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F E B R U A R Y   1 9 9 4

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THE LOVE OF AGED HORSES

by Jane Hirshfield


Hear Jane Hirshfield read this poem (in RealAudio):

RA 28.8, RA 14.4

(For help, see a note about the audio.)

Also by Jane Hirshfield:
The Song (1986)
Within This Tree (1991)
Lying (1994)
Three Foxes by the Edge of the Field at Twilight (1996)
The Poet (1997)
Apple (1999)

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Because I know tomorrow
his faithful gelding heart will be broken
when the spotted mare is trailered and driven away,
I come today to take him for a gallop on Diaz Ridge.

Returning, he will whinny for his love.
Ancient, spavined,
her white parts red with hill-dust,
her red parts whitened with the same, she never answers.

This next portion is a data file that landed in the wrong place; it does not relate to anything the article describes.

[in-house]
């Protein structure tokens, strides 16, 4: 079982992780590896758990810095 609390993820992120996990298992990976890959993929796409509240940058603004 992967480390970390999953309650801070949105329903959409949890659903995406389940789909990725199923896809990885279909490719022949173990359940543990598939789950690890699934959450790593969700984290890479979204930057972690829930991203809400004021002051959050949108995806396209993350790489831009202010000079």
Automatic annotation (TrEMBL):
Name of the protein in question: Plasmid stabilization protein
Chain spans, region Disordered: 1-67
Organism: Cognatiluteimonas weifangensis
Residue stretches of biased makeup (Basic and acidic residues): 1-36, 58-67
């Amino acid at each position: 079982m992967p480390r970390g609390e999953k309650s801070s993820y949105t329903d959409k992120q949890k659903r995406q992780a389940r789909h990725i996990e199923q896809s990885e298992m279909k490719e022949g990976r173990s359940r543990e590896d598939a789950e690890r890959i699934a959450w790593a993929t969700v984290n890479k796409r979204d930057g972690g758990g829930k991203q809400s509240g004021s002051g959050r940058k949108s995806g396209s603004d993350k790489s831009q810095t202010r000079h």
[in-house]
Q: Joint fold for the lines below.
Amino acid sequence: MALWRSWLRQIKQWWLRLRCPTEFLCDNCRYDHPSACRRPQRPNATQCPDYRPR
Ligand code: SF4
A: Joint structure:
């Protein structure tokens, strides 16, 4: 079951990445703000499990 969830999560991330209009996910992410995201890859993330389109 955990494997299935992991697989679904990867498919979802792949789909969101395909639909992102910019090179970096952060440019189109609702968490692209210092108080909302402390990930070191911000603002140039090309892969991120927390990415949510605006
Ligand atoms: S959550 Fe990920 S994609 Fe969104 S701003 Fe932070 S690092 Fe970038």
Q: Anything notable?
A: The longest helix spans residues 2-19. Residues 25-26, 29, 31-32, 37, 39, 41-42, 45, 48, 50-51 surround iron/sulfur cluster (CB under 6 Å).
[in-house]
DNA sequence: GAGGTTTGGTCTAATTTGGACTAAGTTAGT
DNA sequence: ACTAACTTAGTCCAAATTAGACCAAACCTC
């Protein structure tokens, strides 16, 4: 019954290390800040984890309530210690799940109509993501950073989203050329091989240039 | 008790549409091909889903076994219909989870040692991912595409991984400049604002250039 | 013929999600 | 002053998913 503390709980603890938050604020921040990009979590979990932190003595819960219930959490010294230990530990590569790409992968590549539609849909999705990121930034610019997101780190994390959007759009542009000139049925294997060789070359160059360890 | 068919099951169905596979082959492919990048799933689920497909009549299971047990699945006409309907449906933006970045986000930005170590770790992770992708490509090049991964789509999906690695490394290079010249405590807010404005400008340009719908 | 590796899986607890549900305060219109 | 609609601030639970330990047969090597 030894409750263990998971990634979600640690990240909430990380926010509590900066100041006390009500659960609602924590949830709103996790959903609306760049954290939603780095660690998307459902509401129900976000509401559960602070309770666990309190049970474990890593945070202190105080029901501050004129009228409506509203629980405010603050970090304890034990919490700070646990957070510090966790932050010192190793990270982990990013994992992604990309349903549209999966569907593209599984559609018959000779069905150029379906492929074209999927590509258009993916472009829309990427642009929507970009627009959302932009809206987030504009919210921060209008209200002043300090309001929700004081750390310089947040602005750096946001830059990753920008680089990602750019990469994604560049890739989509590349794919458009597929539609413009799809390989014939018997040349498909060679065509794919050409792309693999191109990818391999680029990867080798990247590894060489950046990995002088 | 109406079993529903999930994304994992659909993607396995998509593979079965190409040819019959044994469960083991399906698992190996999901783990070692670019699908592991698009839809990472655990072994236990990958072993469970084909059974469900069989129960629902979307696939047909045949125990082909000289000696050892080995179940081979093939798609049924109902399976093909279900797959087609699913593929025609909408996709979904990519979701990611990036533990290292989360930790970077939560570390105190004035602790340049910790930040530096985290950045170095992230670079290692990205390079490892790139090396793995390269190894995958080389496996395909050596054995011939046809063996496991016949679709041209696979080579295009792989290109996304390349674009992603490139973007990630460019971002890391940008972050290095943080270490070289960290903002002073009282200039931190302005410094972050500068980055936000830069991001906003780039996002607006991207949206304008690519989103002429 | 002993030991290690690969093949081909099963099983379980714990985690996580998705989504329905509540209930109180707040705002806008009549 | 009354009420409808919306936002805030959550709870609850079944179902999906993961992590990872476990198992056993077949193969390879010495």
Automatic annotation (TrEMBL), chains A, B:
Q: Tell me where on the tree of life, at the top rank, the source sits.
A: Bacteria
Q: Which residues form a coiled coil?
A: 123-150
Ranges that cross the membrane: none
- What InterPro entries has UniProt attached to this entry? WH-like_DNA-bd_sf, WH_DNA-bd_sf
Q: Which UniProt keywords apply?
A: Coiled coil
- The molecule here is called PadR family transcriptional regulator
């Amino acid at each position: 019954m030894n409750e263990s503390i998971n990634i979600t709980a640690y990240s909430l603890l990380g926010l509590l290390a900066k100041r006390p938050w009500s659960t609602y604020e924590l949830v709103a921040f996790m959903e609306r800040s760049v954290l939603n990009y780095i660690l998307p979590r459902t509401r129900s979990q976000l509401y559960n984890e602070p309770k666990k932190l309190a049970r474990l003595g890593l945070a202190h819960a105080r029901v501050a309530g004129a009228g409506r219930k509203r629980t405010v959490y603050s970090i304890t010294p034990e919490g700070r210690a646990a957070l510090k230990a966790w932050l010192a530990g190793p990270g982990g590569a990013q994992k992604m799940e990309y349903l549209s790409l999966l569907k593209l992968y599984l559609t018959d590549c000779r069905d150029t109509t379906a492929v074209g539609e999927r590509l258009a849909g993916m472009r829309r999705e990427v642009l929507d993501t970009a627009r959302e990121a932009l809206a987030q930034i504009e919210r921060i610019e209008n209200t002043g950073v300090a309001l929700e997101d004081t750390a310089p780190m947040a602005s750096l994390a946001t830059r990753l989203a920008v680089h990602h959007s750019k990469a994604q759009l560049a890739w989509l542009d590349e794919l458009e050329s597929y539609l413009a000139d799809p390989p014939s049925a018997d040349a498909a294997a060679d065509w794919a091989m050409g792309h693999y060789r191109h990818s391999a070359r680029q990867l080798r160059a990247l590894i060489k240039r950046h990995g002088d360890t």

But today, when I turn him loose at the hill-gate
with the taste of chewed oat on his tongue
and the saddle-sweat rinsed off with water,
I know he will canter, however tired,
whinnying wildly up the ridge's near side,
and I know he will find her.

He will be filled with the sureness of horses
whose bellies are grain-filled,
whose long-ribbed loneliness
can be scratched into no-longer-lonely.

His long teeth on her withers,
her rough-coated spots will grow damp and wild.
Her long teeth on his withers,
his oiled-teakwood smoothness will grow damp and wild.
Their shadows' chiasmus will fleck and fill with flies,
the eight marks of their fortune stamp and then cancel the earth.
From ear-flick to tail-switch, they stand in one body.
No luck is as boundless as theirs.




Copyright © 1994 by The Atlantic Monthly Company. All rights reserved.
The Atlantic Monthly; February 1994; Within This Tree; Volume 273, No. 2; page 81.

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